Now, since I know the internet’s tendency is to polarize, I want to point out that I don’t believe this trope or the books featuring it are “problematic” (I hate this word) or “homophobic”. I obviously find it really annoying, and the prevalence of it is very likely rooted in publishing’s homophobia, but the problem doesn’t lie in the books themselves and I don’t want this post to become yet another reason for those who don’t read F/F books to hate on F/F books or for us queer people to self-police our expression even more. Fiction can be a way to talk about our reality, and the many forms heteronormativity takes are part of it.

I’ve seen this happen so many times: someone talks about an element they have a problem with just because they find it too prevalent in queer books (examples: bi characters in love triangles with a boy and a girl, queer characters in contemporary who avoid labels) but then others turn the argument and use the presence of that element as a starting point to hate on queer books they disliked. No, we shouldn’t be using the language we use to speak out against homophobia to hate on queer books just to validate our preferences. I want to point this out because I know I’ve probably done something similar to some extent in the past, as I learned this way of covering up the insecurities I had about my taste from Tumblr back in 2016. (Fandom discourse thrives on this kind of thinking.)

29774026So: I liked some of the books I read that had this trope (I loved Girl, Serpent, Thorn!); I hated others, sometimes because of this trope, which I would probably find annoying even if it wasn’t so common (preference); I wouldn’t dream to say that any of these books are homophobic, “objectively bad” or doing something bad for the genre. I might not have liked The Priory of the Orange Tree for many reasons (one of them is that Sabran is forced to marry a man and get pregnant, but it’s far from the main one) but the fact that it got translated in my country? That’s a huge step forward, actually.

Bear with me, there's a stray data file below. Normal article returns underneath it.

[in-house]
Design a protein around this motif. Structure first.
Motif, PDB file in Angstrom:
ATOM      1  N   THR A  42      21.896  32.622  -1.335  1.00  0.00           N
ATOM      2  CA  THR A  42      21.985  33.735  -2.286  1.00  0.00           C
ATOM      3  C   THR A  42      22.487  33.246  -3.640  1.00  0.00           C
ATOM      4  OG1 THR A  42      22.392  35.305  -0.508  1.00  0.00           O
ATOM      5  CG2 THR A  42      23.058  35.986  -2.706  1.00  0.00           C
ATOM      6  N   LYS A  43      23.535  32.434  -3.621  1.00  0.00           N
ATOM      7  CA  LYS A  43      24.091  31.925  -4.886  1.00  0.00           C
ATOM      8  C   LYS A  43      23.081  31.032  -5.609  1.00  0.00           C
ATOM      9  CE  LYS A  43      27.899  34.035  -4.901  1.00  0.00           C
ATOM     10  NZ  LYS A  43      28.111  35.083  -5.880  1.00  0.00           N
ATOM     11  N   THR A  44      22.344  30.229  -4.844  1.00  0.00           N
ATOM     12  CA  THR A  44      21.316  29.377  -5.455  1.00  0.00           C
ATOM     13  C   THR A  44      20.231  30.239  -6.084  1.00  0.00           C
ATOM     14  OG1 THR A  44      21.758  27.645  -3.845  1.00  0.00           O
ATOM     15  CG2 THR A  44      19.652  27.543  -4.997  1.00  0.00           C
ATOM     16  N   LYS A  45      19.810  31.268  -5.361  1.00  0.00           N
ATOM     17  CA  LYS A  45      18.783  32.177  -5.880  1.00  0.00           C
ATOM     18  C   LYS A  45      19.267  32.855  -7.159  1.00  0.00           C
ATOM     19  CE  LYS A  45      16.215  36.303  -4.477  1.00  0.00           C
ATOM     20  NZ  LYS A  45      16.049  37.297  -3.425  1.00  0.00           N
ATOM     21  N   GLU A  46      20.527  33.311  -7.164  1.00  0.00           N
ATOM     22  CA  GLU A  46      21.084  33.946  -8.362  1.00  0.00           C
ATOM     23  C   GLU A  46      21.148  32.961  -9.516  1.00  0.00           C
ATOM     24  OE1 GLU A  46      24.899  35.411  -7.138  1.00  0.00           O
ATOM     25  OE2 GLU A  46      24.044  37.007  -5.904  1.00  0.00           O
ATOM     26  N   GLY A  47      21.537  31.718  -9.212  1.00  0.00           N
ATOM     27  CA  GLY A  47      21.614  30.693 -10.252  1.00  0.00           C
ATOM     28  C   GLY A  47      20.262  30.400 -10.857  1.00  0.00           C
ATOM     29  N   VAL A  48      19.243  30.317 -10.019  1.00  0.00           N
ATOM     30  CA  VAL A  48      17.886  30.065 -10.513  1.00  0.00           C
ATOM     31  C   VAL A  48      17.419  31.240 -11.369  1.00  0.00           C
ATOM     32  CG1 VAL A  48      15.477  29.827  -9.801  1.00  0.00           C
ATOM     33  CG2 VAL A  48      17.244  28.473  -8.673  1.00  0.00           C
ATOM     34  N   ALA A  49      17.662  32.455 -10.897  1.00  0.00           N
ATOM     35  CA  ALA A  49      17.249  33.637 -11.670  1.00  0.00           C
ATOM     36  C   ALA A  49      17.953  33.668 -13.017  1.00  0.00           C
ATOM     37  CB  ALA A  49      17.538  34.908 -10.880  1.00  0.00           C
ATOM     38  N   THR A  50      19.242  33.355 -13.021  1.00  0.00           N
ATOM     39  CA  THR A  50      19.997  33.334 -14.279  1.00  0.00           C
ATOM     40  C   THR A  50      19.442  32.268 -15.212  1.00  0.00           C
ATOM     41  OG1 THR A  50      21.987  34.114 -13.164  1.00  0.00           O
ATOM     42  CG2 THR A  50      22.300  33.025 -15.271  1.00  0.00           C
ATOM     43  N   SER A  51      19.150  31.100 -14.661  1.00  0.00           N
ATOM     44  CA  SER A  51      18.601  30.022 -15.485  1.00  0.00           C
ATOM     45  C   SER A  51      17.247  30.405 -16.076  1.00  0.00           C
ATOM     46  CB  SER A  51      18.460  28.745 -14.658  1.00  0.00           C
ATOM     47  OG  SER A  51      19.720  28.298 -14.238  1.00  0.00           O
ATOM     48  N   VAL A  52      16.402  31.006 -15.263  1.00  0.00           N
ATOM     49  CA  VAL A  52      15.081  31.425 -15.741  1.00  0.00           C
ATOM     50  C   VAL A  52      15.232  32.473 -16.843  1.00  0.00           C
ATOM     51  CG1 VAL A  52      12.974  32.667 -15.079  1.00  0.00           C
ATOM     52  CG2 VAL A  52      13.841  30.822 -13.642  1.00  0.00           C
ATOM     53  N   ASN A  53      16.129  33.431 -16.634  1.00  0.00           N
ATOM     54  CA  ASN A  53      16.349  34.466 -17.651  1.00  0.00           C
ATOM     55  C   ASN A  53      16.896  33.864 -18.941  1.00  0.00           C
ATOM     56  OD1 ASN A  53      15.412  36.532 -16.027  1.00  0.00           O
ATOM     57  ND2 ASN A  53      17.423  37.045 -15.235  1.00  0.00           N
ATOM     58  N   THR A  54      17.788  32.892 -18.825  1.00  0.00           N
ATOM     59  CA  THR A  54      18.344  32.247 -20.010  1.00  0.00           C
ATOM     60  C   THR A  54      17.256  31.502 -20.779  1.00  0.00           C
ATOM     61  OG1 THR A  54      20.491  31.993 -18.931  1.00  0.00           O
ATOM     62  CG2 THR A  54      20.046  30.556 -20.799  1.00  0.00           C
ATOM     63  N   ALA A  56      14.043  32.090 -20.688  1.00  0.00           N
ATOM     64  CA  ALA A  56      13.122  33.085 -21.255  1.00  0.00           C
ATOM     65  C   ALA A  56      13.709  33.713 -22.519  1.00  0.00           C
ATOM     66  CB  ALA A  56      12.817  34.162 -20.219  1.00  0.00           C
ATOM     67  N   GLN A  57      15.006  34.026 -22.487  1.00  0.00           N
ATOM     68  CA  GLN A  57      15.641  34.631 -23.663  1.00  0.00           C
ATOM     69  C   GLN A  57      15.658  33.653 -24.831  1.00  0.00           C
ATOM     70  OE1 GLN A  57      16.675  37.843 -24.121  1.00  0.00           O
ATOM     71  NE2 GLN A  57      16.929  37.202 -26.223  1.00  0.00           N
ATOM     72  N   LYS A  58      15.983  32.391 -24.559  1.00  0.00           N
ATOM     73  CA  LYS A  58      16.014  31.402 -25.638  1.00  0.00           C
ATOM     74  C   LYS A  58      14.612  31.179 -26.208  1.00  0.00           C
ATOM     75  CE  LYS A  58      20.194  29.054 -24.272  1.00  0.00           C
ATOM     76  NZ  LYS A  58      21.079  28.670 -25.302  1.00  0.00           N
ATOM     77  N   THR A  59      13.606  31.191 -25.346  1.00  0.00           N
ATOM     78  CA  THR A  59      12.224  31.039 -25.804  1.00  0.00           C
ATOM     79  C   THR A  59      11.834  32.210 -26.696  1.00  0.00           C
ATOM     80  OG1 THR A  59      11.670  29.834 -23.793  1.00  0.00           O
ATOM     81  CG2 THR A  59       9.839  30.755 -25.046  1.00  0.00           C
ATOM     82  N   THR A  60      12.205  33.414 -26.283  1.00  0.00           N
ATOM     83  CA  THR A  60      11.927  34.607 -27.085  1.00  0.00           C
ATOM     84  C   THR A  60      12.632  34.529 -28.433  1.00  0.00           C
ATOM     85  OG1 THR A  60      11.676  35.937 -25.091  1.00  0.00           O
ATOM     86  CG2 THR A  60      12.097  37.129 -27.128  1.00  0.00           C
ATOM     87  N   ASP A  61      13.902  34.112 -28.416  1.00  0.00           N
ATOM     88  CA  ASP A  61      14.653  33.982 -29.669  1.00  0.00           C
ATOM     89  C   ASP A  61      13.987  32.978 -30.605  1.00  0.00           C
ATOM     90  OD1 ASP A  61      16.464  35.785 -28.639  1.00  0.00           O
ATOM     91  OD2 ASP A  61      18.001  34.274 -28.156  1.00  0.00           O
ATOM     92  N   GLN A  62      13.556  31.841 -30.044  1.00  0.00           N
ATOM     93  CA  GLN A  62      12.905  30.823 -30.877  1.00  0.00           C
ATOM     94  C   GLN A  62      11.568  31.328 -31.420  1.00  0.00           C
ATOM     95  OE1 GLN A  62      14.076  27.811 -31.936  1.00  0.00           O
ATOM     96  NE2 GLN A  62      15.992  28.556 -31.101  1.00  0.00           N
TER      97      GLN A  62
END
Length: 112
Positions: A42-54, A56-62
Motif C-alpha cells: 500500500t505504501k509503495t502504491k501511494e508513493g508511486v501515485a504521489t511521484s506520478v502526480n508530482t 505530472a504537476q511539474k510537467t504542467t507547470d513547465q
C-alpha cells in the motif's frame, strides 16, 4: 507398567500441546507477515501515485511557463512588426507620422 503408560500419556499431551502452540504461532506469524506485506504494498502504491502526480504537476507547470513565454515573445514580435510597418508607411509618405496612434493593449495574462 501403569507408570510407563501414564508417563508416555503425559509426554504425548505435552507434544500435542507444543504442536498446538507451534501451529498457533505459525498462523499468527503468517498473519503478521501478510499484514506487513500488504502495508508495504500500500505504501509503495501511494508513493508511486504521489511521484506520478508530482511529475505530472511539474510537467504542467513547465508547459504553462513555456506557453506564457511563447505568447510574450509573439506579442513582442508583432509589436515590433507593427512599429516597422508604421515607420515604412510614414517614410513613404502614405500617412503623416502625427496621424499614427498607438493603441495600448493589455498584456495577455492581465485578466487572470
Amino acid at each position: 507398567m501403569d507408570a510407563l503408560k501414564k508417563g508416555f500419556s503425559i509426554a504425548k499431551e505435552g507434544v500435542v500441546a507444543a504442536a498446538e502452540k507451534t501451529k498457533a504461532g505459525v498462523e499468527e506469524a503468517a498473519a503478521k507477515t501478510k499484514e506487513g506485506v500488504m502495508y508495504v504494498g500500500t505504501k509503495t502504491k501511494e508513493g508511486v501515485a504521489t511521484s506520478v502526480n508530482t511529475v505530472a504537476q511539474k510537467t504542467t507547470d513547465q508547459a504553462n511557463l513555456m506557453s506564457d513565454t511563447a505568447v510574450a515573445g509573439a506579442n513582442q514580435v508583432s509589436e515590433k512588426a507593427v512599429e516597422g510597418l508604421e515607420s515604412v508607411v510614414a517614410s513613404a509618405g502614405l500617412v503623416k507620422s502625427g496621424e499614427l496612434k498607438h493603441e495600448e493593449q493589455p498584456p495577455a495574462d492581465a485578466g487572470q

I think a big part of pushing for diversity is pushing for variety inside diverse stories, for marginalized people not to be relegated to one kind of story all the time until that kind of story has become uncool “problematic” (and then we switch to another subtly bigoted cliché). I want F/F fantasy to be a genre where sapphic women can find all kinds of fantasy stories depending on what they’re looking for that day; where people like me who mostly don’t like to read about queer women in forced marriages can find many books to read anyway. (A great way to start would be not having so many fantasy stories revolve around royalty, but that’s true for the whole genre.)

Also, a shout-out to The Winged Histories by Sofia Samatar! It’s a very underrated and gorgeously written F/F fantasy novel that happens to be the only one without this trope I’ve read this year, though it does still revolve around royalty.


What do you think of this trope? Which tropes would you like to see more often or less often in F/F fantasy?

Book review · Discussion · Fantasy · Short fiction

Short Fiction Time #2: Reading From People You Disagree With (and More)

Welcome to the second post in my Short Fiction Time series! This series will include both reviews of short fiction and discussions surrounding it. I haven’t been reading as many short stories and anthologies as I’d like, and this is my attempt to fix that.